Forté/UDS is an end-of-life technology that used to be in Sun’s product portfolio. When talking to people who have been doing a lot with Forté in the past, it seems that Forté can be considered an ancestor of Java:
- It has an object-oriented (4GL) development language.
- Like Java’s JMX, Forte also has instrumentation (the agent is even called iconsole - like jconsole for Java’s built-in JMX agent these days!).
- It has distributed transactions.
- It has a strong notion of events as first-class citizens in the language.
The only thing that Forté does not have is Enterprise JavaBeans (EJB), nor XML configuration issues for the application server. This means that Forté developers who migrate to Java (because they are left little choice) get confronted with complexities that they did not have to bother with in their 4GL environment.
Thanks to Atomikos and the J2EE without application server methodology, teams who used to work in Forté can easily do Java/J2EE without having to bother about the clutter of EJB nor about the application server’s XML hell. What’s more, in combination with Spring, Hibernate and JMS there is an equivalent, light-weight Java stack that (thanks to Atomikos) can still do all the connection pooling, event-driven and transactional processing that is needed.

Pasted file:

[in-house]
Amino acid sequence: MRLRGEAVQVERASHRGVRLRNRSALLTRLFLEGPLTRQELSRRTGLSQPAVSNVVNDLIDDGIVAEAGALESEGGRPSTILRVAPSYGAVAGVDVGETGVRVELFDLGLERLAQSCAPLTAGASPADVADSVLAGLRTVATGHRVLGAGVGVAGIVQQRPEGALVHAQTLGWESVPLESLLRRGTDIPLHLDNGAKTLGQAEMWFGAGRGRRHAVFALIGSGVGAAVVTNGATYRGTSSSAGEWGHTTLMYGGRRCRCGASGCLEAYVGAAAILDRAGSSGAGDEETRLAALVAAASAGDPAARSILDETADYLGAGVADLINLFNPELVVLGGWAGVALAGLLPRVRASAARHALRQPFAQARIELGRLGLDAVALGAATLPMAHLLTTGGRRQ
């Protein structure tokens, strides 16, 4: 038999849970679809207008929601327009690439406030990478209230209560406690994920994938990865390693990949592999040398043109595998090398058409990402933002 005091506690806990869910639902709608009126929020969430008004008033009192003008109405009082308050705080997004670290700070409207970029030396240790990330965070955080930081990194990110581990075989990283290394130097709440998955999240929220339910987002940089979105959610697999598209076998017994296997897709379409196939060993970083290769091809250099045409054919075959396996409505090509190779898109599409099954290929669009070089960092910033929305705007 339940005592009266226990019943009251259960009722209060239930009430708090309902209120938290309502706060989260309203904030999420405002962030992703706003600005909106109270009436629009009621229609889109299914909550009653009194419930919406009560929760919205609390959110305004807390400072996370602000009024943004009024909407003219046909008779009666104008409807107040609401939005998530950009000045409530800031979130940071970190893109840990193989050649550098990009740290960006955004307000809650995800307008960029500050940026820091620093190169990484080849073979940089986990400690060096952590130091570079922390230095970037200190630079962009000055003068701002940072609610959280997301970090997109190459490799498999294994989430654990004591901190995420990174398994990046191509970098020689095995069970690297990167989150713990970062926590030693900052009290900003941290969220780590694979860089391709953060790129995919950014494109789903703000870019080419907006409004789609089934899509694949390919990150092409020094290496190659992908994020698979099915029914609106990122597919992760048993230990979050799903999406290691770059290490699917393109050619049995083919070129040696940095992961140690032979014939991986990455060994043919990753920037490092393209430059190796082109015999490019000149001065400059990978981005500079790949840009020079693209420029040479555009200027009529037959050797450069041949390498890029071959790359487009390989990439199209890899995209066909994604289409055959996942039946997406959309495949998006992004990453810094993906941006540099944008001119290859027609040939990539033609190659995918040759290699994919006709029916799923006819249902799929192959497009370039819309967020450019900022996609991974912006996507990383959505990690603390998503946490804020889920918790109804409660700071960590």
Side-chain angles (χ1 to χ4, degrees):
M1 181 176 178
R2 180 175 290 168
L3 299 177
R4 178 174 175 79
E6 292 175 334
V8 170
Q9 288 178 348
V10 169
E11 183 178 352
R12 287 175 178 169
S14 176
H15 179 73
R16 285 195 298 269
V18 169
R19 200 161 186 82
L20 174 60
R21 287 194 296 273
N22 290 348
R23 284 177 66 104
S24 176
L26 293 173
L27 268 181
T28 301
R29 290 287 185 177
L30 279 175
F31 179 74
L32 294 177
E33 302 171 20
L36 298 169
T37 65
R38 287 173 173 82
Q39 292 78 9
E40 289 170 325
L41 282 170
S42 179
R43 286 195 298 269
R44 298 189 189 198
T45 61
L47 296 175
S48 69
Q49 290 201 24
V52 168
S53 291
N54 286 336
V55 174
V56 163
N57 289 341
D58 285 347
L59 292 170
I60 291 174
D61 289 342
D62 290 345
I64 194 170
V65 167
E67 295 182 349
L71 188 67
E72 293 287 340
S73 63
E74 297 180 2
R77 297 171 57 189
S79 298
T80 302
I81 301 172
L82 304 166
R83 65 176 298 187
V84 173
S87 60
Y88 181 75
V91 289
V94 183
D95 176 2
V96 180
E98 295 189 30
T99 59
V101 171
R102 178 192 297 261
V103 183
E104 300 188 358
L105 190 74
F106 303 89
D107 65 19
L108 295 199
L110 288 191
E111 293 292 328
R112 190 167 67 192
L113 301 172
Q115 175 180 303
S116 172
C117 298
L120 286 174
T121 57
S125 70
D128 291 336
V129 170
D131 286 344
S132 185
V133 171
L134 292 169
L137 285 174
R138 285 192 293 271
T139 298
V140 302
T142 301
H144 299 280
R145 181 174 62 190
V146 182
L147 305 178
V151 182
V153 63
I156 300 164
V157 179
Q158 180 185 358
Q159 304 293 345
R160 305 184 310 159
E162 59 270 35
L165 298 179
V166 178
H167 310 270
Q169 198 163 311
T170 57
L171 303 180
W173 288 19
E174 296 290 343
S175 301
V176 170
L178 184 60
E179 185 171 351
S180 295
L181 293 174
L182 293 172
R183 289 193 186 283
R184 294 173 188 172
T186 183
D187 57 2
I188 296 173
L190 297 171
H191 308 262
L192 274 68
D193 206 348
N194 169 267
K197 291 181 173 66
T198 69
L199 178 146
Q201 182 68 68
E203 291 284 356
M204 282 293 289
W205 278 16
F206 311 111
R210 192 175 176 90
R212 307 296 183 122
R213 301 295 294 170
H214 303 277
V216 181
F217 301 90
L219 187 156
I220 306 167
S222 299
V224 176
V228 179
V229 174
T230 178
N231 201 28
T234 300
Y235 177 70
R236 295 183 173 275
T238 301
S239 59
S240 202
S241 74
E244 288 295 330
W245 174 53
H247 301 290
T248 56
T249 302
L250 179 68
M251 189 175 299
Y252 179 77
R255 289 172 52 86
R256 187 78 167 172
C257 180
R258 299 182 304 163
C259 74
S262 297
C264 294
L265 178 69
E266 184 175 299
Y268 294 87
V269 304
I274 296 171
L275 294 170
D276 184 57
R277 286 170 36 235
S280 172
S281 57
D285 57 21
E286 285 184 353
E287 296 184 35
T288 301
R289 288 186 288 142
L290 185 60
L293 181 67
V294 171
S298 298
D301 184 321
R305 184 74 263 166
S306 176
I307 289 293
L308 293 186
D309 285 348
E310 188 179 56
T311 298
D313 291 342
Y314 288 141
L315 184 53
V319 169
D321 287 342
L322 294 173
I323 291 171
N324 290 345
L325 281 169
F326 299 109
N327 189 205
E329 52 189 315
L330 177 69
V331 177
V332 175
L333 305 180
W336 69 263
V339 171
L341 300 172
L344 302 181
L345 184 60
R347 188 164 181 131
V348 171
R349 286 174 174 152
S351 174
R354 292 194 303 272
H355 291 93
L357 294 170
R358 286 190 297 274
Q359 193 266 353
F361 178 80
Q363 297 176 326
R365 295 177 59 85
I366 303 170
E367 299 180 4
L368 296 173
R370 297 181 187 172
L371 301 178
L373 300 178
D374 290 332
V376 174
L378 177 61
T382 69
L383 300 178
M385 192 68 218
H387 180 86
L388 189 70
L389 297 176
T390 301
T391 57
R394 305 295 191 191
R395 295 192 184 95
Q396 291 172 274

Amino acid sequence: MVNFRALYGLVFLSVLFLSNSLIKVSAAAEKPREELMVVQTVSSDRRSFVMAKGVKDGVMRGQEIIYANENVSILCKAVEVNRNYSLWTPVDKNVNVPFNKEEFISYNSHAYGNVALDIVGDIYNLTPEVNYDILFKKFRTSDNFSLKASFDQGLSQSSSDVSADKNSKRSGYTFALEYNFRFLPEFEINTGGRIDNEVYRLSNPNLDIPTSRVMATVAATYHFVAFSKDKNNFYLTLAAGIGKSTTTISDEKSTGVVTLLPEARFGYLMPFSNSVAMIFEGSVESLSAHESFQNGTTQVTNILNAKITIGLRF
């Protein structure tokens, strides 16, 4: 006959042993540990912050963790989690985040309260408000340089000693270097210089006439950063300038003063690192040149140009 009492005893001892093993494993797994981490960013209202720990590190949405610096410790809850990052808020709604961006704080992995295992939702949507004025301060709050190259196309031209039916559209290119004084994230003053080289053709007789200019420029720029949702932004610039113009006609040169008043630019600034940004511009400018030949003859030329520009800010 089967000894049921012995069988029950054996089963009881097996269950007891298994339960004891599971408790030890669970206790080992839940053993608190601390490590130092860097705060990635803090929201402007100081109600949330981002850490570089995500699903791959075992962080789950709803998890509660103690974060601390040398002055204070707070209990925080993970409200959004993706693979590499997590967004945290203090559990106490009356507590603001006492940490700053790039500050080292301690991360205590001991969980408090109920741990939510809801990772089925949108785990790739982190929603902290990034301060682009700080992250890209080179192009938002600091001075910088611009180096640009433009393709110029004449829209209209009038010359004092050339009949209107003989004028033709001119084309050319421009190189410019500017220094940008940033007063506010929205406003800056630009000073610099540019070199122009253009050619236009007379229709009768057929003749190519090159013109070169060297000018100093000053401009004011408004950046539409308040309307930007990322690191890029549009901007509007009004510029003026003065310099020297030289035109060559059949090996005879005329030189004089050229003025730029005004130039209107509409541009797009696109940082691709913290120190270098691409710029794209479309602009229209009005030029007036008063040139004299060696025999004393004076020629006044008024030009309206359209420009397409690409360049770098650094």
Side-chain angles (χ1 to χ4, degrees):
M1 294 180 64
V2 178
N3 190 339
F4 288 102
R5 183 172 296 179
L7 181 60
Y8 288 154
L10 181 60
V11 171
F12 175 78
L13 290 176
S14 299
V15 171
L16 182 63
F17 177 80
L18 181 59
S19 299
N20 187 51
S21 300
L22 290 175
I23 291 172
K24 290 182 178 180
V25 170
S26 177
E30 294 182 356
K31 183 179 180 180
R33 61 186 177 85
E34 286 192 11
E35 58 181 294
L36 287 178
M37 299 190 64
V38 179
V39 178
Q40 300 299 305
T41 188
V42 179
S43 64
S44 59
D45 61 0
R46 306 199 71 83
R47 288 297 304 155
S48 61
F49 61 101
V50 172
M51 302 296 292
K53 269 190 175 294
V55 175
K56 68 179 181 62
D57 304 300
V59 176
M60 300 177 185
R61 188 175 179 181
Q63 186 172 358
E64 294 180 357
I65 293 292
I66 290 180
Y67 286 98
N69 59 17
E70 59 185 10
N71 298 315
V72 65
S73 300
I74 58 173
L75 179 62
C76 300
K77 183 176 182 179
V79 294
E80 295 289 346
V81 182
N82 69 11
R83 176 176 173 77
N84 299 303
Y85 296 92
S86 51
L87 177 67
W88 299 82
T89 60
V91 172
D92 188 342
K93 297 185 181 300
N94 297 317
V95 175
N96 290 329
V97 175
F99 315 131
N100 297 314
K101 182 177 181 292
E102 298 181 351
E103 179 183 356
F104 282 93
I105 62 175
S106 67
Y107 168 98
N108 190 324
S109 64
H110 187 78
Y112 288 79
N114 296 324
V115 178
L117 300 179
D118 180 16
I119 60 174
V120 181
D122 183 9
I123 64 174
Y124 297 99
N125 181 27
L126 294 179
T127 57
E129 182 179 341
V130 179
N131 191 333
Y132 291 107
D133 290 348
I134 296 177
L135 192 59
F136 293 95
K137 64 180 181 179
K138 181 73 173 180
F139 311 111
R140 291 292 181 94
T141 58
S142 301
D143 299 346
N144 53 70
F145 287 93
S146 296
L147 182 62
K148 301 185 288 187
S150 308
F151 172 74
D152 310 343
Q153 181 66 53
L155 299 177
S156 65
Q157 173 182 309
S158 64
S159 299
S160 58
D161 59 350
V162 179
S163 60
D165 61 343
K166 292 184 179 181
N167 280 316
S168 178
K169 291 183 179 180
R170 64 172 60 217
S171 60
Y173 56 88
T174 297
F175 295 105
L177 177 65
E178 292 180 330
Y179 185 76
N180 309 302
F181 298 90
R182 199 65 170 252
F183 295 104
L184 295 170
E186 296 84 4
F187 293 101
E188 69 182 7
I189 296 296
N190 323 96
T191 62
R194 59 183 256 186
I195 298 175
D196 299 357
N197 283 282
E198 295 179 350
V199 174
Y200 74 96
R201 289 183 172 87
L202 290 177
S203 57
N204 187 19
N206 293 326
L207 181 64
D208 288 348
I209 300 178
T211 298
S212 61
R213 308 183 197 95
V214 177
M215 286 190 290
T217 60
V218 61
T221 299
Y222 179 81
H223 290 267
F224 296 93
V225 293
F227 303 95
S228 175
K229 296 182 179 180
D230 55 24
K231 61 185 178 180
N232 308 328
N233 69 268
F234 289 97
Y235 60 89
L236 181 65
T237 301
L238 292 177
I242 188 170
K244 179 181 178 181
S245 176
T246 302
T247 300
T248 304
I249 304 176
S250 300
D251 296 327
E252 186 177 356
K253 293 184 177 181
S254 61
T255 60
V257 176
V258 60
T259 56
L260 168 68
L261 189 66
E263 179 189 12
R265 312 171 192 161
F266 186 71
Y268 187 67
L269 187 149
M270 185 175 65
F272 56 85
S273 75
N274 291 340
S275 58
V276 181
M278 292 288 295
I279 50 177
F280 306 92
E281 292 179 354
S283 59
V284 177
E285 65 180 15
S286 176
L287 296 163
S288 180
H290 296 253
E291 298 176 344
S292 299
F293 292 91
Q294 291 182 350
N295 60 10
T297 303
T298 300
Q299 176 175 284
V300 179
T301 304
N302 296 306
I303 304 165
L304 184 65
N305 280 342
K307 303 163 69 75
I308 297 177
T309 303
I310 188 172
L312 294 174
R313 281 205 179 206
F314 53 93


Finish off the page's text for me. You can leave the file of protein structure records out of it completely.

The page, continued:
What makes it even better is that this methodology seems to achieve equal productivity as with the 4GL environment in Forté, which is pretty good given that Java is a 3GL and is not widely known as a productivity miracle.